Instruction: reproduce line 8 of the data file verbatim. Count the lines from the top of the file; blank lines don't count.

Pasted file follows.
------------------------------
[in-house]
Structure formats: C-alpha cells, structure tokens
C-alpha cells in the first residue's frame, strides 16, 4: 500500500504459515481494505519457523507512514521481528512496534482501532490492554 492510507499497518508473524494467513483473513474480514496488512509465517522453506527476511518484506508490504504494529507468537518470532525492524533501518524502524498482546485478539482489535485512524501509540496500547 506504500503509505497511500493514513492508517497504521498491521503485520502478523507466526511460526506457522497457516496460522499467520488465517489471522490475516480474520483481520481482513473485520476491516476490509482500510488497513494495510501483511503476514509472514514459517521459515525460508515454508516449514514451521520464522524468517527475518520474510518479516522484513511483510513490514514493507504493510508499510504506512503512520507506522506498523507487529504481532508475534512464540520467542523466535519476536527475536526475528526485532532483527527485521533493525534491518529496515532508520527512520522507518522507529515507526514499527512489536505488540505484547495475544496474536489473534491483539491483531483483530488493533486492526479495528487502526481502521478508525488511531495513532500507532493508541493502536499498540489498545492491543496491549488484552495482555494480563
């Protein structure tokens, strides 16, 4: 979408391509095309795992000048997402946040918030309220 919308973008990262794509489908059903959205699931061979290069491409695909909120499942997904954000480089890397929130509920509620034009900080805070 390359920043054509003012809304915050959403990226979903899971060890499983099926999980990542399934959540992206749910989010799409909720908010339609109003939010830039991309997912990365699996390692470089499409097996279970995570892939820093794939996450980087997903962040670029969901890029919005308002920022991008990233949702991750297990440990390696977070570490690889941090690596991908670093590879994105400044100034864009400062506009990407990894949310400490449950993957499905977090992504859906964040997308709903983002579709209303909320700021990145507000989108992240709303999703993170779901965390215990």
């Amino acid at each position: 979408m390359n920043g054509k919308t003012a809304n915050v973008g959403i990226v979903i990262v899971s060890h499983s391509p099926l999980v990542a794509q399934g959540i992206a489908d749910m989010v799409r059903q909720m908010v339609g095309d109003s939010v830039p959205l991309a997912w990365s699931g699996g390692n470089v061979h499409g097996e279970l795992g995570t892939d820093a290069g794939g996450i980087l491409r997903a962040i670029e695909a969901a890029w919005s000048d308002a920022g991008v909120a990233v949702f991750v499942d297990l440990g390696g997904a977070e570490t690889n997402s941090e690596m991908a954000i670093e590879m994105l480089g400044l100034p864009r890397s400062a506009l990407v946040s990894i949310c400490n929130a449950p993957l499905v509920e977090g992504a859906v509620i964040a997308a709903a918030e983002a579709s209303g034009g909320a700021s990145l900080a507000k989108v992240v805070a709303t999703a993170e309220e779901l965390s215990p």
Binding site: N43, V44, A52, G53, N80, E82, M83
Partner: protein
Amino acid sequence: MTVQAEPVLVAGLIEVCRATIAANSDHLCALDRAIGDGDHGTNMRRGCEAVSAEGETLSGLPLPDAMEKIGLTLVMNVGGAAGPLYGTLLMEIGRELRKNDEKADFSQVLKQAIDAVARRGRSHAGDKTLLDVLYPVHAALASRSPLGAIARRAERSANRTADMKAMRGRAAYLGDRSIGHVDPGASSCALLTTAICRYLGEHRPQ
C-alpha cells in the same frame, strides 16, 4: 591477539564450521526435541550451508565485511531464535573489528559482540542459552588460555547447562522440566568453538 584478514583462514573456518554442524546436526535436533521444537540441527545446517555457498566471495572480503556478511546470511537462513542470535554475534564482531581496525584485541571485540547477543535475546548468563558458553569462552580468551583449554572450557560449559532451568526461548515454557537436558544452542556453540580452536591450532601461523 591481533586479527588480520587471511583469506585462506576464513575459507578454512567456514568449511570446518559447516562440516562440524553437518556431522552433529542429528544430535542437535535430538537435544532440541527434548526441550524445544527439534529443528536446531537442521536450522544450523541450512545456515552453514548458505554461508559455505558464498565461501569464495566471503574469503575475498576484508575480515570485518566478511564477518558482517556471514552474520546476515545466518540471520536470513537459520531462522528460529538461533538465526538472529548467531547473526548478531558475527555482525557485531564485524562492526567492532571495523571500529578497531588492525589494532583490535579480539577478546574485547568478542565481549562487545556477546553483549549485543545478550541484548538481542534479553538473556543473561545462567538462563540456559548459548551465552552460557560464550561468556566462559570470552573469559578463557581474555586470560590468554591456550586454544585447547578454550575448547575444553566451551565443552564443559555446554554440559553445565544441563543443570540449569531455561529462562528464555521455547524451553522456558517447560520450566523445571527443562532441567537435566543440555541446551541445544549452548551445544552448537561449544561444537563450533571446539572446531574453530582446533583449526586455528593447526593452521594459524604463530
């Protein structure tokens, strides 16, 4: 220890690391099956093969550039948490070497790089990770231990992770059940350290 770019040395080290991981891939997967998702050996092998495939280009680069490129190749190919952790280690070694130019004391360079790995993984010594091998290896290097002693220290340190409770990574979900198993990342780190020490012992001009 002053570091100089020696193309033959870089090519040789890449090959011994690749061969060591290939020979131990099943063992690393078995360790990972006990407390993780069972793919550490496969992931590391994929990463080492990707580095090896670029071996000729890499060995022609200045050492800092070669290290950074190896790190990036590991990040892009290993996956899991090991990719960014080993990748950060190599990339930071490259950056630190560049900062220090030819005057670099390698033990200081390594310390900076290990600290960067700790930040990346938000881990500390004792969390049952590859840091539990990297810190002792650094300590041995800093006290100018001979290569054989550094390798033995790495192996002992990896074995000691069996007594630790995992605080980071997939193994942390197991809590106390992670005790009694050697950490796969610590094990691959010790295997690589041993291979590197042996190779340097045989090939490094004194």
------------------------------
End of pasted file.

Amino acid sequence: MTVQAEPVLVAGLIEVCRATIAANSDHLCALDRAIGDGDHGTNMRRGCEAVSAEGETLSGLPLPDAMEKIGLTLVMNVGGAAGPLYGTLLMEIGRELRKNDEKADFSQVLKQAIDAVARRGRSHAGDKTLLDVLYPVHAALASRSPLGAIARRAERSANRTADMKAMRGRAAYLGDRSIGHVDPGASSCALLTTAICRYLGEHRPQ